I buy my own on line. I had to look for a while but finally found the individual parts without the mask. NO cheaper than the prepackaged, but avoiding some non-biodegradable waste.
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I soak every other in dish soap water then air dry. Weekly heat clean in microwave using a special bag provided by my daughter (ID specialty nurse.) Same with my airway clearance device. This was approved by my pulmonologist and ID doc. I was also instructed by respiratory therapy to replace neb parts and hoses every 3-6 months depending on frequency of use.
@jkansas66 Wow that's miserable. I've been on the big 3 for 11 months and was having similar issues, so the doc switched me to azithromycin which helped. I also tried a few things that have helped. Years ago I got a bad case of food poisoning with horrible nausea. My physician at the time recommended flat room temperature Coca-Cola, nibbling on raw apples (skin and all) and pretzels os saltines. The idea was to never have an empty stomach. As the symptoms lessened I was able to add other food gradually. Also, there are other antinausea meds your doc can try.
I have been on the Big 3 for almost 11 months, with manageable side effects. Last week I got the word that not only was my sputum still positive for MAC, but that I also have a new “spot” on my lung. Beginning Monday, I am switching to DAILY doses of the Big 3 until my tests are negative. So, I’m not in the best place mentally and emotionally right now.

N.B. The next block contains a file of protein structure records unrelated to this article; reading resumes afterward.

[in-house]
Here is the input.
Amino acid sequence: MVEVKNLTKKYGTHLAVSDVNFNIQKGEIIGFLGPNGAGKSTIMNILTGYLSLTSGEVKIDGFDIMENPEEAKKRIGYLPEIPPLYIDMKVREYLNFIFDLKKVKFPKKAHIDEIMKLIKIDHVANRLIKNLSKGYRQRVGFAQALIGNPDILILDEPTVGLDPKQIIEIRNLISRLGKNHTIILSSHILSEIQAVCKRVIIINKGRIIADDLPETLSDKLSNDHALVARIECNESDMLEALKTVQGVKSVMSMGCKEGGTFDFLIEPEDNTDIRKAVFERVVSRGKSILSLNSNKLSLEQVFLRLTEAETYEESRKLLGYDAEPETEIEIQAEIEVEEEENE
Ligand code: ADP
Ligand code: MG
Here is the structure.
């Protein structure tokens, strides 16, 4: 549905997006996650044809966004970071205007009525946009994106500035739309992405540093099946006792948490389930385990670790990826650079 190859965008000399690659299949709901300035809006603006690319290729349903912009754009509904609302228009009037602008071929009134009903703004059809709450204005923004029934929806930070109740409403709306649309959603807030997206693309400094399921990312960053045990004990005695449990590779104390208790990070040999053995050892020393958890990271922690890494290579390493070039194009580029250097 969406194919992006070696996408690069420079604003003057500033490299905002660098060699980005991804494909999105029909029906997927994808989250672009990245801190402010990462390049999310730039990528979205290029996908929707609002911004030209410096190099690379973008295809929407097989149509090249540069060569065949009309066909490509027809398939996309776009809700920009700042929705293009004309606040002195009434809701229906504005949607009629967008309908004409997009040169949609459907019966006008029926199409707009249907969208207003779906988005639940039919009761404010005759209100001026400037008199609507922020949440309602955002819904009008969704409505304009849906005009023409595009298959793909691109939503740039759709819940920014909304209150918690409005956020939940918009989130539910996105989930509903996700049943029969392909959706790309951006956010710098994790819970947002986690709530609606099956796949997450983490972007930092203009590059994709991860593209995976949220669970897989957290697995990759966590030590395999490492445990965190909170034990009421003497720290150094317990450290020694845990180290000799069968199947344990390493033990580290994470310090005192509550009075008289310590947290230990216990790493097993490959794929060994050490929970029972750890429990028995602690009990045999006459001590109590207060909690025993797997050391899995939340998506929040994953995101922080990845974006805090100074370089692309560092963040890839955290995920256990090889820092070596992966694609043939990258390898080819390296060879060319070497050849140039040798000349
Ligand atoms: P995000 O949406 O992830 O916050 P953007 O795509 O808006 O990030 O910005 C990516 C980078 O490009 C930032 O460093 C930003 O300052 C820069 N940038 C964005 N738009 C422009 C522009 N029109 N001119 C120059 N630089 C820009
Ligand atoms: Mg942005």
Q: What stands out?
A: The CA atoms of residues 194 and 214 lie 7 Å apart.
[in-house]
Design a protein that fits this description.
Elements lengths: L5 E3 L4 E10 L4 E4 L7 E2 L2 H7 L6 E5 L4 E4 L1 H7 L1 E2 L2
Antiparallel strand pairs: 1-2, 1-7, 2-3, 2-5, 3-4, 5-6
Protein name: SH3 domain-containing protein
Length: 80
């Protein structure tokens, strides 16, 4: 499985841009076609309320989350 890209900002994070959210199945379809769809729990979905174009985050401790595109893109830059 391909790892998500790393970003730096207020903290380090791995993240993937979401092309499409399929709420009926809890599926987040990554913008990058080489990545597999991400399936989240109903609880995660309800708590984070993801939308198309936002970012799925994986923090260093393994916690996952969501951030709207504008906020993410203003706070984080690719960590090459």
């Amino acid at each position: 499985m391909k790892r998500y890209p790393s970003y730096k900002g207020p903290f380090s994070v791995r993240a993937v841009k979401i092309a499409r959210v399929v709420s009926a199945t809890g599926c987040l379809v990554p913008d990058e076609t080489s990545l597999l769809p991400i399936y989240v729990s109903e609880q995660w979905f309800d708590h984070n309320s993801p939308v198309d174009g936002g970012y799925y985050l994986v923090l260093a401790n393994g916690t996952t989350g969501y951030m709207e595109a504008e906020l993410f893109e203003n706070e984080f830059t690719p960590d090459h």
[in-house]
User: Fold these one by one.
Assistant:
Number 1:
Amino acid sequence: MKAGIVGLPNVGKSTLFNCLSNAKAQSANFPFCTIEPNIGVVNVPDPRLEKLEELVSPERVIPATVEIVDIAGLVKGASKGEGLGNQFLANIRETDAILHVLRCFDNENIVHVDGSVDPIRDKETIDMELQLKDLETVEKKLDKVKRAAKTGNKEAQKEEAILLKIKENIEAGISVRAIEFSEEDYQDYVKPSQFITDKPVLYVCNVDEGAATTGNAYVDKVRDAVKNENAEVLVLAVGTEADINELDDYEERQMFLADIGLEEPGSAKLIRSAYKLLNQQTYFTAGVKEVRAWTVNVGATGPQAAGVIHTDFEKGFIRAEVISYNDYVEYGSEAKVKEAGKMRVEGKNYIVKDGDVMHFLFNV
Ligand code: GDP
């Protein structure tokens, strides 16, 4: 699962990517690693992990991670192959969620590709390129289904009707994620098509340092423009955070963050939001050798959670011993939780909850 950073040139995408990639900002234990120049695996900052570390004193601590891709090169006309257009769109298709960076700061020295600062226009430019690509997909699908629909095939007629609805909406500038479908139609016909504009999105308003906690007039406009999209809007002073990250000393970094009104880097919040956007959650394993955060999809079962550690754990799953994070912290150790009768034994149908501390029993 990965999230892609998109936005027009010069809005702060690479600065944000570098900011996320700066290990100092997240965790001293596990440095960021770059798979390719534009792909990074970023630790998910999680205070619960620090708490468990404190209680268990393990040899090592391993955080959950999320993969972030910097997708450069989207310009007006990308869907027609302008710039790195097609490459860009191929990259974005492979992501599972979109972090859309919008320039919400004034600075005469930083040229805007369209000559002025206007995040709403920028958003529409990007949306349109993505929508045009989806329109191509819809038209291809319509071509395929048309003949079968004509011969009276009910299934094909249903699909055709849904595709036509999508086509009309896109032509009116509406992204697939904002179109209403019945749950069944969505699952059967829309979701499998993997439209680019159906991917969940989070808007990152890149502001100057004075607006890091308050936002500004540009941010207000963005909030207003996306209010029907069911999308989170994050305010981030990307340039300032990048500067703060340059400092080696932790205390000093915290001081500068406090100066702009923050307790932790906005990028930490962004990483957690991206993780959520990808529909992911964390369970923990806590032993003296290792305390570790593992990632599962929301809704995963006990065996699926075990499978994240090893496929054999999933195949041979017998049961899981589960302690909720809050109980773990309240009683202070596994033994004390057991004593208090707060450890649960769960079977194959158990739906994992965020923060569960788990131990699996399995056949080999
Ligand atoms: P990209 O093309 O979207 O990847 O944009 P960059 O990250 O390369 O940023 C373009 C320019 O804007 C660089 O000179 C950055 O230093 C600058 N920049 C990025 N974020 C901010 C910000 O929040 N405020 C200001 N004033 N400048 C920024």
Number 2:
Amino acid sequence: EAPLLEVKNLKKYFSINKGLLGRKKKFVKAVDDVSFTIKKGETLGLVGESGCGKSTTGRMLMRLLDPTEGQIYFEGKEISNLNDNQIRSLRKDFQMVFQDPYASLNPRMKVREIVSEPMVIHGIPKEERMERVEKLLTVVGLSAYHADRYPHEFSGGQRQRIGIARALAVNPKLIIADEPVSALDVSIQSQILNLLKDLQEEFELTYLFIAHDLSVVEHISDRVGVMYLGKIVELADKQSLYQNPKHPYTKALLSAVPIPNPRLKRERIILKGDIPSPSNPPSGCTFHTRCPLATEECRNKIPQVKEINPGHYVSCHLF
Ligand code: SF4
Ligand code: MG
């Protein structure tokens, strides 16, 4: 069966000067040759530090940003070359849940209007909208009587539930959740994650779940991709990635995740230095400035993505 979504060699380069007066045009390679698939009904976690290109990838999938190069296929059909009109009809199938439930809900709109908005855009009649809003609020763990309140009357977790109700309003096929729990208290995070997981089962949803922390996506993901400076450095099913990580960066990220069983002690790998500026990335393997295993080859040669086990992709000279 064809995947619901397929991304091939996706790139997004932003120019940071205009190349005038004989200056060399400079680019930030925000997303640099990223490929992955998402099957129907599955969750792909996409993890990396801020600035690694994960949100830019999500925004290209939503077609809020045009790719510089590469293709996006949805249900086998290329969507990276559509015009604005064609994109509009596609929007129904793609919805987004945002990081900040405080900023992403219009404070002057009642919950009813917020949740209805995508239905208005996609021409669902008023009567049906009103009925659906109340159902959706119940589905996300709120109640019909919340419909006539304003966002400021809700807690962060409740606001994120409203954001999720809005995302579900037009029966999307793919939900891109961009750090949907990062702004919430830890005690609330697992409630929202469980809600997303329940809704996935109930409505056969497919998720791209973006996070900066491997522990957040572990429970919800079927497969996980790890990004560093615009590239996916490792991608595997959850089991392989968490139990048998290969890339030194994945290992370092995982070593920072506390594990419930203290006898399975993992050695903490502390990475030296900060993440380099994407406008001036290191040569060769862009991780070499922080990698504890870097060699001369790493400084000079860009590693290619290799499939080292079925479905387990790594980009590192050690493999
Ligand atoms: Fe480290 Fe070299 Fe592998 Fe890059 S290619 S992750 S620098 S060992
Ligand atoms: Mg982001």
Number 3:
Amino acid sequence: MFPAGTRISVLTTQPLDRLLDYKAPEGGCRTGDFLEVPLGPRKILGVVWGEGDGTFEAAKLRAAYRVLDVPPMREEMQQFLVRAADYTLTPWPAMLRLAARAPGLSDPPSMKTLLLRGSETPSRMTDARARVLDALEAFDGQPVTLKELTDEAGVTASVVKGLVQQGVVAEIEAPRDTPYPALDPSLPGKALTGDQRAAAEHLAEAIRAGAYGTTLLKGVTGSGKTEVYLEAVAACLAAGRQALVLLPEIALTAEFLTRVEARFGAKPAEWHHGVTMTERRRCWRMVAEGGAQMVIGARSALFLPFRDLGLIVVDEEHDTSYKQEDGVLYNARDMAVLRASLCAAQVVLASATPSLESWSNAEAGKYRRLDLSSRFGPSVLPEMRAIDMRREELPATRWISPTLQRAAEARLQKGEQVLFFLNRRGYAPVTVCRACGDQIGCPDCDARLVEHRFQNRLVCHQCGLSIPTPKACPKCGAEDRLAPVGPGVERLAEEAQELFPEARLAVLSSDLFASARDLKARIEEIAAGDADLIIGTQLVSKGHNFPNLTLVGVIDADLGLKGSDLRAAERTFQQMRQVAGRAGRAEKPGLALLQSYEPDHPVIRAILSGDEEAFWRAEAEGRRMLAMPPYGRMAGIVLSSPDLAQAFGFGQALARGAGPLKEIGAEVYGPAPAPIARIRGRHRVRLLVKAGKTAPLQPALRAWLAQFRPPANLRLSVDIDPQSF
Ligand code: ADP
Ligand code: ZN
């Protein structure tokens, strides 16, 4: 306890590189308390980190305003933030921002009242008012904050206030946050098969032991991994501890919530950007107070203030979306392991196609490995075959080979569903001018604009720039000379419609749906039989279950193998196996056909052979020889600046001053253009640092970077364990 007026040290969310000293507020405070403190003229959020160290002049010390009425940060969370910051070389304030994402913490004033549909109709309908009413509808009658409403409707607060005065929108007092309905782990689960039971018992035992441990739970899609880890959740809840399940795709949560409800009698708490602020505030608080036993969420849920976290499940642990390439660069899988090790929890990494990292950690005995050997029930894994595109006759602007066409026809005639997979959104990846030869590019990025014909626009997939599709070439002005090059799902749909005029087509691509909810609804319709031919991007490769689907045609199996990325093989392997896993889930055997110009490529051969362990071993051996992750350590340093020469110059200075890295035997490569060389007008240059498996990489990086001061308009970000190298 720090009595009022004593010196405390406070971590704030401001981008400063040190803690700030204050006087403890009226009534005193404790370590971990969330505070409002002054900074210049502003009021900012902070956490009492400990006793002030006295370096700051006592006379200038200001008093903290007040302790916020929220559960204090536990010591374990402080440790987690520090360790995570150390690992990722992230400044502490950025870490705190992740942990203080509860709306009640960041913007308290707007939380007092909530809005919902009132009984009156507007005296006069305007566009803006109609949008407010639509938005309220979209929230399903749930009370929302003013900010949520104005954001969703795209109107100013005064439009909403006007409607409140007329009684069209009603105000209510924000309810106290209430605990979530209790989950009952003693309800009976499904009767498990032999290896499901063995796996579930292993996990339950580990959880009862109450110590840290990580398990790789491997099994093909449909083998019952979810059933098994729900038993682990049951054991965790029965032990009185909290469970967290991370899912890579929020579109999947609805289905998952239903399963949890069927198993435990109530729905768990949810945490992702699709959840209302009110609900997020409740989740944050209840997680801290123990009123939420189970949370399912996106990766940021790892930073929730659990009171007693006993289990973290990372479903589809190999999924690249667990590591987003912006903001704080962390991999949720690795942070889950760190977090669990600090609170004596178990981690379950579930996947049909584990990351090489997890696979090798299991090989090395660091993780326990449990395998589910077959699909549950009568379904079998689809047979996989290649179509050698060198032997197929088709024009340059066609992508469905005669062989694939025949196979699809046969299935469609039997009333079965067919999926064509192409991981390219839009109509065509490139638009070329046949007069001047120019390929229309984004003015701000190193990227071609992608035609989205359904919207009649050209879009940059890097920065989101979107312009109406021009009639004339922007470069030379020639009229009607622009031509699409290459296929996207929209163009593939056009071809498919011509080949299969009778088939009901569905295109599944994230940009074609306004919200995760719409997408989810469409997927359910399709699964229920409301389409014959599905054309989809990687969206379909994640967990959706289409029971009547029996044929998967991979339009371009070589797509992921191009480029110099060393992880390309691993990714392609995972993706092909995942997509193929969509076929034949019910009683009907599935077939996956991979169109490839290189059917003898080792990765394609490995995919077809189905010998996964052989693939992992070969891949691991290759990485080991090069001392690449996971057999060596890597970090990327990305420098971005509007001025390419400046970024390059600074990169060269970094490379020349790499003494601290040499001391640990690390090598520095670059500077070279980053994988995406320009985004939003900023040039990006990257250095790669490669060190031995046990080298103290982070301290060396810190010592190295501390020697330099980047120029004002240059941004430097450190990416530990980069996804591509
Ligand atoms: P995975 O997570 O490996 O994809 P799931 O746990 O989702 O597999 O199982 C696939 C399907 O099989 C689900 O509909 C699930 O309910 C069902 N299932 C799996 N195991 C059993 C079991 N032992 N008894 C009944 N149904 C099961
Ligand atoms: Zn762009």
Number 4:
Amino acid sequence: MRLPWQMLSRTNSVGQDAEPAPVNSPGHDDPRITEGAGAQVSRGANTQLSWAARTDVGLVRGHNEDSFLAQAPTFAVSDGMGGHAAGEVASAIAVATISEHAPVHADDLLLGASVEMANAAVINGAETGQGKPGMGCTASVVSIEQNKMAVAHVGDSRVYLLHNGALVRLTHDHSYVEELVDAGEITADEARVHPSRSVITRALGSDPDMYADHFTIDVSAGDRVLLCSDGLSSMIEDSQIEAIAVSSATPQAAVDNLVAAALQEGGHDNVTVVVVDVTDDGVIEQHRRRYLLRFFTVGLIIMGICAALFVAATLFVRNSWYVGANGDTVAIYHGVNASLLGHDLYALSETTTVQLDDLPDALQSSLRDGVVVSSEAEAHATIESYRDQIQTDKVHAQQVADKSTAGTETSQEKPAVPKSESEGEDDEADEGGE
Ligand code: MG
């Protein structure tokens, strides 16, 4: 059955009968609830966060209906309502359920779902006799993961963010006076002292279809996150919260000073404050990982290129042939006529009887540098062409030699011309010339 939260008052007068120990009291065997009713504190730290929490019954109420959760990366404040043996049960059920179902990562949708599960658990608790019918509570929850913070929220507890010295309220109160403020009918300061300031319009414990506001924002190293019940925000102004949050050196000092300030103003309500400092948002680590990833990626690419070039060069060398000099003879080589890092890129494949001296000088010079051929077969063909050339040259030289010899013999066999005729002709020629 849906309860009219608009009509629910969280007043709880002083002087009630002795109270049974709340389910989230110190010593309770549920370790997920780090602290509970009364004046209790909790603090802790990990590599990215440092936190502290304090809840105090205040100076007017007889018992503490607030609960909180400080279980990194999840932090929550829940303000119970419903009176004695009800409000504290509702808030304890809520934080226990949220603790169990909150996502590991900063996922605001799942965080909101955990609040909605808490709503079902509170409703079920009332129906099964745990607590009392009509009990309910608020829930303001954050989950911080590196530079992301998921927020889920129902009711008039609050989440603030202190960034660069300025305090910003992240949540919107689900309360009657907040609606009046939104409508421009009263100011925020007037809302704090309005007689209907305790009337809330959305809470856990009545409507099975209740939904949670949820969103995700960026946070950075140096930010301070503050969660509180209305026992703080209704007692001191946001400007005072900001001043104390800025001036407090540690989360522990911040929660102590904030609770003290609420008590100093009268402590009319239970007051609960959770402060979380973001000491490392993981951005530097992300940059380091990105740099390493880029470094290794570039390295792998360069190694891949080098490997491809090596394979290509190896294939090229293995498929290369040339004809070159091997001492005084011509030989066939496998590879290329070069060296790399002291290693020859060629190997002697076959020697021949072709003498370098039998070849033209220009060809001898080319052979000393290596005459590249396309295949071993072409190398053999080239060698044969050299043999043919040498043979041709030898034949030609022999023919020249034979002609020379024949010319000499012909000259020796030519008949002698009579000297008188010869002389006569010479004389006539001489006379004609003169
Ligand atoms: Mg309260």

New symptom – for the last few days I have had what could best be described as a stabbing pain in my back, between the shoulder blades but more to the left. I tried my favorite chiropractor, and got little relief. It was manageable by position change and ibuprofen until yesterday when nothing seemed to help.
Last night, while out camping miles from home, it was accompanied by nausea, an ache in my left arm and up the side of my neck.
Panic time – is it heart? My EMT husband promptly took me to the nearest ER where they did a full heart and blood workup – result – no conclusion, but my heart is fine. Today it’s back to a persistent ache (on 400 mg ibuprofen every 4-6 hours, cannot take tylenol.) Of course this happens on a holiday! I’ll be calling my docs first thing tomorrow.
(Before anyone yells at me for not calling 911 – my husband checked my vitals and concluded it probably wasn’t heart, that any help would be first responders, not EMTs or paramedics, coming from quite a distance, and that he could get me directly to the ER faster than they.)
Has anyone else had symptoms like this? Was it diagnosed by an ER or your doc?
@alm2019 – I'm a little late to the party here, but take a look at this video from 2016 from a NTM conference. Link: https://www.youtube.com/watch?v=U1ZmJAQlgLw. The gist of it is that it seems what is identified as intracellulare may be chimaera, not all testing differentiates between the bugs well. Chimaera is another of the slow-growing NTM, so the treatment of the two is similar, just be sure sensitivity testing has been done. To see all the videos from that conference, go to https://www.nationaljewish.org/ntmvideos2016 .